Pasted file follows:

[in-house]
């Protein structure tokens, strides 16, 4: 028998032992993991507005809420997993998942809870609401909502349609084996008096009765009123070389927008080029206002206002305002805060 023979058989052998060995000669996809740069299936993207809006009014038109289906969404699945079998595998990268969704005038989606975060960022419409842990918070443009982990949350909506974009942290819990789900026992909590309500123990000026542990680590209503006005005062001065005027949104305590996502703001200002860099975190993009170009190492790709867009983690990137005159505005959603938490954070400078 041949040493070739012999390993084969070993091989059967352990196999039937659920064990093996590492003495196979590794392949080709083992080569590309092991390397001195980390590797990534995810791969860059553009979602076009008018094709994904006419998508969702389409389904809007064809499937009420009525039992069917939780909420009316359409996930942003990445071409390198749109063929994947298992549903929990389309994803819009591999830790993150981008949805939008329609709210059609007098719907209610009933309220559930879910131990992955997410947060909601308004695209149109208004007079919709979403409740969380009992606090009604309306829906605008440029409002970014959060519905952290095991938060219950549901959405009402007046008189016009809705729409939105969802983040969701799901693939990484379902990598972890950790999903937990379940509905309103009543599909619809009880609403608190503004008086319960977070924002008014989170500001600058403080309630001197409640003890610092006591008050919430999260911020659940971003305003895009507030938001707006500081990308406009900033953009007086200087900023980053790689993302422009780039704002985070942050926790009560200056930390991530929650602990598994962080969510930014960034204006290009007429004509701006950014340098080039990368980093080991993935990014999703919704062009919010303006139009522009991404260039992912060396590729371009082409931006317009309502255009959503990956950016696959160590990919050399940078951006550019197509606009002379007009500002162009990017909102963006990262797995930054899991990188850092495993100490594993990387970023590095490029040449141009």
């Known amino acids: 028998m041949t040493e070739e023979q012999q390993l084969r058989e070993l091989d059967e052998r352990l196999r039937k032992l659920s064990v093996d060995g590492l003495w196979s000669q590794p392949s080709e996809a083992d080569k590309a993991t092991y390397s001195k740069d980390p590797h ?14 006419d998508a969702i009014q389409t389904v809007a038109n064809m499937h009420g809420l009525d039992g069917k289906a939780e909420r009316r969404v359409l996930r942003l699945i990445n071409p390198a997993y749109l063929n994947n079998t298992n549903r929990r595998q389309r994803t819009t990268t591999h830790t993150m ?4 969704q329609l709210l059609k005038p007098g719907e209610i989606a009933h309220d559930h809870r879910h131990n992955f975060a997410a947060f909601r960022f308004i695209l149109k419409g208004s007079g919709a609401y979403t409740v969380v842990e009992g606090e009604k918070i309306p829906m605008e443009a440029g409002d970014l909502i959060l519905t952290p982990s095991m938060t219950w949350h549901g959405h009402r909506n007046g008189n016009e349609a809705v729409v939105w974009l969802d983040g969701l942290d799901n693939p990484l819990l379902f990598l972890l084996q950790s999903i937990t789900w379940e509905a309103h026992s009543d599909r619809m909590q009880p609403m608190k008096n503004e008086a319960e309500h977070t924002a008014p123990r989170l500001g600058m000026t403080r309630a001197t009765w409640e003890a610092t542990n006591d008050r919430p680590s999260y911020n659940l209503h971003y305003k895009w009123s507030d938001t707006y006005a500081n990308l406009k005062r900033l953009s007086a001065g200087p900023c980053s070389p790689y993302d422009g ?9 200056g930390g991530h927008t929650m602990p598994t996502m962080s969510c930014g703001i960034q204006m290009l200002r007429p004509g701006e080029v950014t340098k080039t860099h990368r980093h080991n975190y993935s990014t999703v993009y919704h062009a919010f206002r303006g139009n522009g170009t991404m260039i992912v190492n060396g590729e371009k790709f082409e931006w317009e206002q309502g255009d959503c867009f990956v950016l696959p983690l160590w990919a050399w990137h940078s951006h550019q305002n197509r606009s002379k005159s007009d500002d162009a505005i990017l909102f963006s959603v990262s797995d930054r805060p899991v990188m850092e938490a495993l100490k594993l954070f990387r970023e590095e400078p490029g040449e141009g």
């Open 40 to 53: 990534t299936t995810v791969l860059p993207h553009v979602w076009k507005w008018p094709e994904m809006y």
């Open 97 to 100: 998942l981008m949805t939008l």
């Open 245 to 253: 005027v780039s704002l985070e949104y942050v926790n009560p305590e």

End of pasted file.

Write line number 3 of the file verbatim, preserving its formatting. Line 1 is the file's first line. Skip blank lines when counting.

């Known amino acids: 028998m041949t040493e070739e023979q012999q390993l084969r058989e070993l091989d059967e052998r352990l196999r039937k032992l659920s064990v093996d060995g590492l003495w196979s000669q590794p392949s080709e996809a083992d080569k590309a993991t092991y390397s001195k740069d980390p590797h ?14 006419d998508a969702i009014q389409t389904v809007a038109n064809m499937h009420g809420l009525d039992g069917k289906a939780e909420r009316r969404v359409l996930r942003l699945i990445n071409p390198a997993y749109l063929n994947n079998t298992n549903r929990r595998q389309r994803t819009t990268t591999h830790t993150m ?4 969704q329609l709210l059609k005038p007098g719907e209610i989606a009933h309220d559930h809870r879910h131990n992955f975060a997410a947060f909601r960022f308004i695209l149109k419409g208004s007079g919709a609401y979403t409740v969380v842990e009992g606090e009604k918070i309306p829906m605008e443009a440029g409002d970014l909502i959060l519905t952290p982990s095991m938060t219950w949350h549901g959405h009402r909506n007046g008189n016009e349609a809705v729409v939105w974009l969802d983040g969701l942290d799901n693939p990484l819990l379902f990598l972890l084996q950790s999903i937990t789900w379940e509905a309103h026992s009543d599909r619809m909590q009880p609403m608190k008096n503004e008086a319960e309500h977070t924002a008014p123990r989170l500001g600058m000026t403080r309630a001197t009765w409640e003890a610092t542990n006591d008050r919430p680590s999260y911020n659940l209503h971003y305003k895009w009123s507030d938001t707006y006005a500081n990308l406009k005062r900033l953009s007086a001065g200087p900023c980053s070389p790689y993302d422009g ?9 200056g930390g991530h927008t929650m602990p598994t996502m962080s969510c930014g703001i960034q204006m290009l200002r007429p004509g701006e080029v950014t340098k080039t860099h990368r980093h080991n975190y993935s990014t999703v993009y919704h062009a919010f206002r303006g139009n522009g170009t991404m260039i992912v190492n060396g590729e371009k790709f082409e931006w317009e206002q309502g255009d959503c867009f990956v950016l696959p983690l160590w990919a050399w990137h940078s951006h550019q305002n197509r606009s002379k005159s007009d500002d162009a505005i990017l909102f963006s959603v990262s797995d930054r805060p899991v990188m850092e938490a495993l100490k594993l954070f990387r970023e590095e400078p490029g040449e141009g």